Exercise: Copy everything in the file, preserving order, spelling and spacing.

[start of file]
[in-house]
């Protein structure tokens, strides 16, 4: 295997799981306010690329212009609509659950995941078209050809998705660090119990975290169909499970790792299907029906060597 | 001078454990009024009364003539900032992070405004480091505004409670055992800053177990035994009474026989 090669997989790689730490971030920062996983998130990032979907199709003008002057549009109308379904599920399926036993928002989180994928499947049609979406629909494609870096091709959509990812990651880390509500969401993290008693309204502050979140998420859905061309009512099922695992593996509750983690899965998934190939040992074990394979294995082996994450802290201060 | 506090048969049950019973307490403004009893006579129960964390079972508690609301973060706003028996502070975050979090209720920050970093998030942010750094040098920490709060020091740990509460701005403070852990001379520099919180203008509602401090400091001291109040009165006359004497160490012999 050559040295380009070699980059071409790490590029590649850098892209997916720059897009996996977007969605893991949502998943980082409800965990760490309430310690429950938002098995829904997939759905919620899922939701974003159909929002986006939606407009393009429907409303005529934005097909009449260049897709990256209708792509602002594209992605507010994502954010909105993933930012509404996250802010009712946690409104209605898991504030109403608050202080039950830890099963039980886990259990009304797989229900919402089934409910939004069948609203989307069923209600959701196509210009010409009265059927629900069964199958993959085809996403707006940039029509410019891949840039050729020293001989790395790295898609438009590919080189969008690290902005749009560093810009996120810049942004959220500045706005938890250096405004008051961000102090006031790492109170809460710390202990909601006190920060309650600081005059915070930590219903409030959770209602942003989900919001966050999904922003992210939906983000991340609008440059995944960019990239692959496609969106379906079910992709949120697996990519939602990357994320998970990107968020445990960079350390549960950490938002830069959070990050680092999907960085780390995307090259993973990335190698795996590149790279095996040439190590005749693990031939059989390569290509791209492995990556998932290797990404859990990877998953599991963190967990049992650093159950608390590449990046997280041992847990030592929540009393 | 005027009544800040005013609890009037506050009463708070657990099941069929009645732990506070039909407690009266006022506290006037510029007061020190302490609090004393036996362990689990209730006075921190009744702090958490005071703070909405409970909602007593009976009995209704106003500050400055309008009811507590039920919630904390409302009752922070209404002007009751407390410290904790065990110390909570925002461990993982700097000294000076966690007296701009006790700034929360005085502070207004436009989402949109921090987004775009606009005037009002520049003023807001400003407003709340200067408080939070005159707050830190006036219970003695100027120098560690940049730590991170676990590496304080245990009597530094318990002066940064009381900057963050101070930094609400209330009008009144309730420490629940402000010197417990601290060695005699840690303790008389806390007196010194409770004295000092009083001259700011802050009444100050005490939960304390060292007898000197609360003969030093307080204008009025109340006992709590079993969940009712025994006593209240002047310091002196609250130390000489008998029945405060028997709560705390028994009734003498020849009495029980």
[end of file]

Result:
[in-house]
């Protein structure tokens, strides 16, 4: 295997799981306010690329212009609509659950995941078209050809998705660090119990975290169909499970790792299907029906060597 | 001078454990009024009364003539900032992070405004480091505004409670055992800053177990035994009474026989 090669997989790689730490971030920062996983998130990032979907199709003008002057549009109308379904599920399926036993928002989180994928499947049609979406629909494609870096091709959509990812990651880390509500969401993290008693309204502050979140998420859905061309009512099922695992593996509750983690899965998934190939040992074990394979294995082996994450802290201060 | 506090048969049950019973307490403004009893006579129960964390079972508690609301973060706003028996502070975050979090209720920050970093998030942010750094040098920490709060020091740990509460701005403070852990001379520099919180203008509602401090400091001291109040009165006359004497160490012999 050559040295380009070699980059071409790490590029590649850098892209997916720059897009996996977007969605893991949502998943980082409800965990760490309430310690429950938002098995829904997939759905919620899922939701974003159909929002986006939606407009393009429907409303005529934005097909009449260049897709990256209708792509602002594209992605507010994502954010909105993933930012509404996250802010009712946690409104209605898991504030109403608050202080039950830890099963039980886990259990009304797989229900919402089934409910939004069948609203989307069923209600959701196509210009010409009265059927629900069964199958993959085809996403707006940039029509410019891949840039050729020293001989790395790295898609438009590919080189969008690290902005749009560093810009996120810049942004959220500045706005938890250096405004008051961000102090006031790492109170809460710390202990909601006190920060309650600081005059915070930590219903409030959770209602942003989900919001966050999904922003992210939906983000991340609008440059995944960019990239692959496609969106379906079910992709949120697996990519939602990357994320998970990107968020445990960079350390549960950490938002830069959070990050680092999907960085780390995307090259993973990335190698795996590149790279095996040439190590005749693990031939059989390569290509791209492995990556998932290797990404859990990877998953599991963190967990049992650093159950608390590449990046997280041992847990030592929540009393 | 005027009544800040005013609890009037506050009463708070657990099941069929009645732990506070039909407690009266006022506290006037510029007061020190302490609090004393036996362990689990209730006075921190009744702090958490005071703070909405409970909602007593009976009995209704106003500050400055309008009811507590039920919630904390409302009752922070209404002007009751407390410290904790065990110390909570925002461990993982700097000294000076966690007296701009006790700034929360005085502070207004436009989402949109921090987004775009606009005037009002520049003023807001400003407003709340200067408080939070005159707050830190006036219970003695100027120098560690940049730590991170676990590496304080245990009597530094318990002066940064009381900057963050101070930094609400209330009008009144309730420490629940402000010197417990601290060695005699840690303790008389806390007196010194409770004295000092009083001259700011802050009444100050005490939960304390060292007898000197609360003969030093307080204008009025109340006992709590079993969940009712025994006593209240002047310091002196609250130390000489008998029945405060028997709560705390028994009734003498020849009495029980």